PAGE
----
A former under-secretary general of the United Nations confirmed his candidacy for a seat in India’s parliament during a Wednesday lecture in Luce Hall.
Shashi Tharoor, who narrowly lost the election for U.N. Secretary-General to Ban Ki-moon in 2006, confirmed what had hitherto been speculation about his political future at the end of his lecture, “India and China: Competition, Co-operation, Conflict?” In his lecture, Tharoor discussed the two growing powers and analyzed how their relationship would affect global politics before roughly 100 people, including graduate students and faculty.
Tharoor began his lecture by presenting a 2003 forecast report by Goldman Sachs. That report predicted that Brazil, Russia, India and China — the so-called “BRICs economies” — would become powerful economic contenders in the global economy by 2050. Tharoor said the current economic crisis has dampened some of the expectations in that report, adding that both China and India are undergoing profound economic transformation.
“China and India will demand more authority in the international community,” he said. “I do believe they will achieve it.”
Now that China has become India’s biggest trade partner, Tharoor said, the nations’ destinies are increasingly intertwined. China’s dominant manufacturing sector and India’s advanced software industry complement each other, Tharoor said, adding that “the elephant is already dancing with the dragon.”
“It has become fashionable to speak of China and India in the same breath,” he said. “Some even speak of Chindia, as if the two are joined at the hips in the international imagination.”
But Tharoor argued that a conception of “Chindia” was premature: The nations’ respective paths to economic power will be greatly influenced by their distinct political systems, he said. Individuals drive economic growth in India’s democracy, Tharoor said, while the centralized Chinese government determines the path of China’s economic development.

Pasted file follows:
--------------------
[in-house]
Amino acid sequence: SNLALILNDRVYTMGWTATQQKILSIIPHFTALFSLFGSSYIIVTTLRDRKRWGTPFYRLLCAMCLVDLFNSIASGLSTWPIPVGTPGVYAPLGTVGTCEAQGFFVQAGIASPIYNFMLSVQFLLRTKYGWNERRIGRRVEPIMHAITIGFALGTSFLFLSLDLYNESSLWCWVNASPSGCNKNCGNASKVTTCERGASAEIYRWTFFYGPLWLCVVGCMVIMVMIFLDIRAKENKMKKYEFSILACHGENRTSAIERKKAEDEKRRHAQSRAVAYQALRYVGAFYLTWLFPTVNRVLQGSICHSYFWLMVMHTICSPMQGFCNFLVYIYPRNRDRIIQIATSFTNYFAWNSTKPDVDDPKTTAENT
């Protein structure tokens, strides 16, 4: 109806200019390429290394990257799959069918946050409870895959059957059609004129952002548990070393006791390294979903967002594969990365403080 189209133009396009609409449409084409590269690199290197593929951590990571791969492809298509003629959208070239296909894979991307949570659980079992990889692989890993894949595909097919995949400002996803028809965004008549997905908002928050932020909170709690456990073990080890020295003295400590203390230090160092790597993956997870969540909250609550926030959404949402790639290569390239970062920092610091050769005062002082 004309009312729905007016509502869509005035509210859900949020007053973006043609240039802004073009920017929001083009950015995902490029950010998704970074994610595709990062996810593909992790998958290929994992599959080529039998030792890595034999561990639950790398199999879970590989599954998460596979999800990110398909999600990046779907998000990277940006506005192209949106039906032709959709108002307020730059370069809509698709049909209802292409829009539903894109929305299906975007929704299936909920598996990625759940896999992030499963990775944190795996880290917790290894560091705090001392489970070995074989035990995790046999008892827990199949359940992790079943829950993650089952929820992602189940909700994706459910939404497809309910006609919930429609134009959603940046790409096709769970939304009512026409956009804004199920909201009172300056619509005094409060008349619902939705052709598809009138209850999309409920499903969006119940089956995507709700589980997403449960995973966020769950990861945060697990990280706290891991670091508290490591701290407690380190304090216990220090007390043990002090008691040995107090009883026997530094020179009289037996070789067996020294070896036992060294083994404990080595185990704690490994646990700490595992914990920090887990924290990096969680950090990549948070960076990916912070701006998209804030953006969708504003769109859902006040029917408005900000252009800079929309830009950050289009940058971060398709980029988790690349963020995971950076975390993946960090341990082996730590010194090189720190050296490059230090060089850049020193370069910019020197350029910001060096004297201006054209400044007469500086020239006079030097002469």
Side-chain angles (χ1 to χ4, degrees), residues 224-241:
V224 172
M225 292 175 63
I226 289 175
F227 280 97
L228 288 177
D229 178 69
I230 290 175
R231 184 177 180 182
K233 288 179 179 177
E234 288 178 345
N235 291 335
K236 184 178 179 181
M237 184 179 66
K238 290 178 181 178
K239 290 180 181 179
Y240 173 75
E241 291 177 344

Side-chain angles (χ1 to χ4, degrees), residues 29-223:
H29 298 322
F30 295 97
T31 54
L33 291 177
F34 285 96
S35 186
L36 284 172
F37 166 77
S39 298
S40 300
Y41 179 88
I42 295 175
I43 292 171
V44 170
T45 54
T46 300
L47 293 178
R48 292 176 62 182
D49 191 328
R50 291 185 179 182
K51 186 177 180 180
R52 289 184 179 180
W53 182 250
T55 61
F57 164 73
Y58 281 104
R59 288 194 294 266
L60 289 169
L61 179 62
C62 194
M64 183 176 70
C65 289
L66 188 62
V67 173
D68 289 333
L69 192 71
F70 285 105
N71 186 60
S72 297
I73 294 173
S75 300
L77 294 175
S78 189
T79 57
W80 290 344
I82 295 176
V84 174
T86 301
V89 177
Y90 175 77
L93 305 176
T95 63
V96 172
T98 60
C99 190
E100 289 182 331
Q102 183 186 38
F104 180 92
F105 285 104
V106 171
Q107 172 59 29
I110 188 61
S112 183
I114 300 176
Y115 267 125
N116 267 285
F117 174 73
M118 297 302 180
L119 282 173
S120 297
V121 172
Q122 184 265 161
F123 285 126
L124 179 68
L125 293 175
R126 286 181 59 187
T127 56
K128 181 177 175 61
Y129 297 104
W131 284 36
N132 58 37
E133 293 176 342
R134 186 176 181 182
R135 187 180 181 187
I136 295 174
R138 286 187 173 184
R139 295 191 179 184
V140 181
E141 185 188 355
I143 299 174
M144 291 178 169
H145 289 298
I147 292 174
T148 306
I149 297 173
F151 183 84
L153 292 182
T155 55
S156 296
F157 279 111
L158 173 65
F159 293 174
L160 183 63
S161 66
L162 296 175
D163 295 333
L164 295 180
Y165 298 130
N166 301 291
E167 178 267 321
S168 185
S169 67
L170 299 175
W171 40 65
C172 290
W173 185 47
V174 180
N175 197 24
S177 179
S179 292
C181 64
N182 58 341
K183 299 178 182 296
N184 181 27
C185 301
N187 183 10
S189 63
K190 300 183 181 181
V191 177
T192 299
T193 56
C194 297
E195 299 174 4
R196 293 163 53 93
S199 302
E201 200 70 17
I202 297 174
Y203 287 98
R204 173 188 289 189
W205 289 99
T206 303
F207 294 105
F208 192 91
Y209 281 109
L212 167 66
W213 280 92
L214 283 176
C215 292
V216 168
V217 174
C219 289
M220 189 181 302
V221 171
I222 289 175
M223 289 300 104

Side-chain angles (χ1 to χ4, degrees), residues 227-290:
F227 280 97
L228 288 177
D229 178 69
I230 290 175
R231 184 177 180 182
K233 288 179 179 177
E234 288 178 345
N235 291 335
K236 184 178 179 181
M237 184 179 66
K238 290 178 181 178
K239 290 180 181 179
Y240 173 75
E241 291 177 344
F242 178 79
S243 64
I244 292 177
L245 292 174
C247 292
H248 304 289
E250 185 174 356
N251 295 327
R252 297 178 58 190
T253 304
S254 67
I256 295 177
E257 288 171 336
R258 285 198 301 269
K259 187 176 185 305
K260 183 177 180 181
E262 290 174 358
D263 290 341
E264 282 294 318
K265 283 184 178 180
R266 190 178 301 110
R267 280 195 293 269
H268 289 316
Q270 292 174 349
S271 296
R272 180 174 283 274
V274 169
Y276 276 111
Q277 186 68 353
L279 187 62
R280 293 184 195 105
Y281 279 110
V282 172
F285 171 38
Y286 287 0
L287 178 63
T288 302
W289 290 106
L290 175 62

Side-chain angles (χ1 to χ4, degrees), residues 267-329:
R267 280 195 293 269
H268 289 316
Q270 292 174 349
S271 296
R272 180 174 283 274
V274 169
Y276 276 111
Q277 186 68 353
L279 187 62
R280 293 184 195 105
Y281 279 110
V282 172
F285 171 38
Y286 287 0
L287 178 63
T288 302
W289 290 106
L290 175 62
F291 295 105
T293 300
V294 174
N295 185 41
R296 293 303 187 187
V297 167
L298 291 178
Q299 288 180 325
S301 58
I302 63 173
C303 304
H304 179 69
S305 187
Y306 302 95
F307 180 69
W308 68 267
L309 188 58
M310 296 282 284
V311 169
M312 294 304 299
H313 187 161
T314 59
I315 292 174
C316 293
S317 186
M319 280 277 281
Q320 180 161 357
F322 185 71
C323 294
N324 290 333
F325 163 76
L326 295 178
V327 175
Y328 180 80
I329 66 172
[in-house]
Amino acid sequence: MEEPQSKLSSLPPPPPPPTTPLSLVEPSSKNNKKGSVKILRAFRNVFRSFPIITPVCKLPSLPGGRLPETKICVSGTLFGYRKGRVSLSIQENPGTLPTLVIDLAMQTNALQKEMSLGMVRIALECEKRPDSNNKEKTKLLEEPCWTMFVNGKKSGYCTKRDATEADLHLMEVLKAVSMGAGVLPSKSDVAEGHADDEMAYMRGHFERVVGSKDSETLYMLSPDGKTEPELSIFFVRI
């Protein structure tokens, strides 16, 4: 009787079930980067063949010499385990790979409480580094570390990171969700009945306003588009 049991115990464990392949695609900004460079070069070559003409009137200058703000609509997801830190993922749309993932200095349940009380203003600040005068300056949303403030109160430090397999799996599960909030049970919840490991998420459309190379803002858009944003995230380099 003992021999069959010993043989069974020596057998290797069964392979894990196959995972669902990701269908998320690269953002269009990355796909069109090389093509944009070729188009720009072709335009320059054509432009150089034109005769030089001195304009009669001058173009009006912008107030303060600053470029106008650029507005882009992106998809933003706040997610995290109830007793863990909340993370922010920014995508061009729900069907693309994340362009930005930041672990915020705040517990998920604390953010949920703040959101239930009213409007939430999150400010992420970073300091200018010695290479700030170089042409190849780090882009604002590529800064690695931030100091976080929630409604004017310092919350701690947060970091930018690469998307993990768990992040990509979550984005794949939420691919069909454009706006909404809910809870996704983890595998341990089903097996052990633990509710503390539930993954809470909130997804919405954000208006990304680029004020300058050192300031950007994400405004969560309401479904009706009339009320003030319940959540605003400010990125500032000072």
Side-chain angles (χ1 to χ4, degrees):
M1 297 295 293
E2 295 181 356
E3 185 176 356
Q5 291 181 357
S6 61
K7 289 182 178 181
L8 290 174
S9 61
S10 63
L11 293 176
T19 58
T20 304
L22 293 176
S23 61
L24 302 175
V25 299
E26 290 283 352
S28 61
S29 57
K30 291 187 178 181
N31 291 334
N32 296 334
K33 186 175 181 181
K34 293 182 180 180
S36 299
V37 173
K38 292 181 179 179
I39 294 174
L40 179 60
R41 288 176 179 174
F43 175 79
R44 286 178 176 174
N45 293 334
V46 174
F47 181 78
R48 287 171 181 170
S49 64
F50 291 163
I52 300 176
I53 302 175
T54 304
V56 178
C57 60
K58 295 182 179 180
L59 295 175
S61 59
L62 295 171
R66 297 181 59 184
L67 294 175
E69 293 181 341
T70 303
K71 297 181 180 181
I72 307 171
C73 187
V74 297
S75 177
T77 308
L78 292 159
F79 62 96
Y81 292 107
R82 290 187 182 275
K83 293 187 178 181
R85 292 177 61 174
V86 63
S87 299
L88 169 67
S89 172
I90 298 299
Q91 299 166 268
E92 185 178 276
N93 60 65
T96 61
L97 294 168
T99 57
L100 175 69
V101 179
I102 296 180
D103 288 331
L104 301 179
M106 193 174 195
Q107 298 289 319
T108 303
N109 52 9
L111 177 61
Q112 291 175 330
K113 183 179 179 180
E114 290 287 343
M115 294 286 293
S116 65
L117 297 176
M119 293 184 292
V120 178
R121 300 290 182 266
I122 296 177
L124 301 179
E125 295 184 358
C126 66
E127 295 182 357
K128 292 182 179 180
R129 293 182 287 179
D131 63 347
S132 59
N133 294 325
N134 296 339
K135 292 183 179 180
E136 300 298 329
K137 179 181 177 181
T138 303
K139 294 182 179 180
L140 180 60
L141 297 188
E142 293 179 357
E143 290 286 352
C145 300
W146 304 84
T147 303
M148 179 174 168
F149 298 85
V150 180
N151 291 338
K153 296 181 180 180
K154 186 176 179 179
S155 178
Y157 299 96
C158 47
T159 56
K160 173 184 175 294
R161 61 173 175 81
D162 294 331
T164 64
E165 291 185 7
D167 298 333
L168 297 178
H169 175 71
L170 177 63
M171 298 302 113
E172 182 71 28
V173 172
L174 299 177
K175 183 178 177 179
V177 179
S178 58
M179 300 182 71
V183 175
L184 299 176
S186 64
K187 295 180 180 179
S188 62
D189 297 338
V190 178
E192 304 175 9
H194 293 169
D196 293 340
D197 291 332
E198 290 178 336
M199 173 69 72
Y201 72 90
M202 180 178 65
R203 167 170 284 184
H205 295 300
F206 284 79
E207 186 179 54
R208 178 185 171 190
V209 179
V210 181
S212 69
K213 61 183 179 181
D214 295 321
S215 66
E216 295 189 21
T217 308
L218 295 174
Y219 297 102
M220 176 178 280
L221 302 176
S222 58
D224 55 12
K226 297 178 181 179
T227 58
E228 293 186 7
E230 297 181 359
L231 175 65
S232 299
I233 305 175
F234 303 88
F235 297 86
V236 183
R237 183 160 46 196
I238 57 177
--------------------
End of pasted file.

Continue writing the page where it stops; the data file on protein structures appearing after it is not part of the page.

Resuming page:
During the lecture’s question and answer segment, Fox Fellow Joe Thomas Karackattu — a native Indian — asked Tharoor to comment on recent speculation that he plans to enter Indian politics. Tharoor confirmed that he is planning to run for a position in India’s lower house of Parliament, and said an official announcement would be released “in a week to 10 days.”
“It is a shame that the Indian democracy has been led by people who are not worthy to lead,” Tharoor said.
Charu Gupta, a visiting associate professor of history and South Asian studies, said she was pleased that Tharoor had given China and India equal weight, but wished that the lecture had been more holistic in its approach to the two nations.
“You can’t measure success just in terms of development,” she said. “You must measure in terms of people as well.”
Mary Evelyn Tucker, a senior lecturer at the School of Forestry & Environmental Studies, said conversations about the rise of developing nations must include strategies for protecting the environment.
“Development without a sustainable component is suicide,” said Tucker, who runs the school’s Forum on Religion and Ecology. “We are driving ourselves towards the extinction of the human race.”
Tharoor’s lecture was the 16th in a series of annual lectures at Yale sponsored by the Coca-Cola World Fund. It was hosted by the Yale Law School, the Yale School of Management and the MacMillan Center for International and Area Studies at Yale.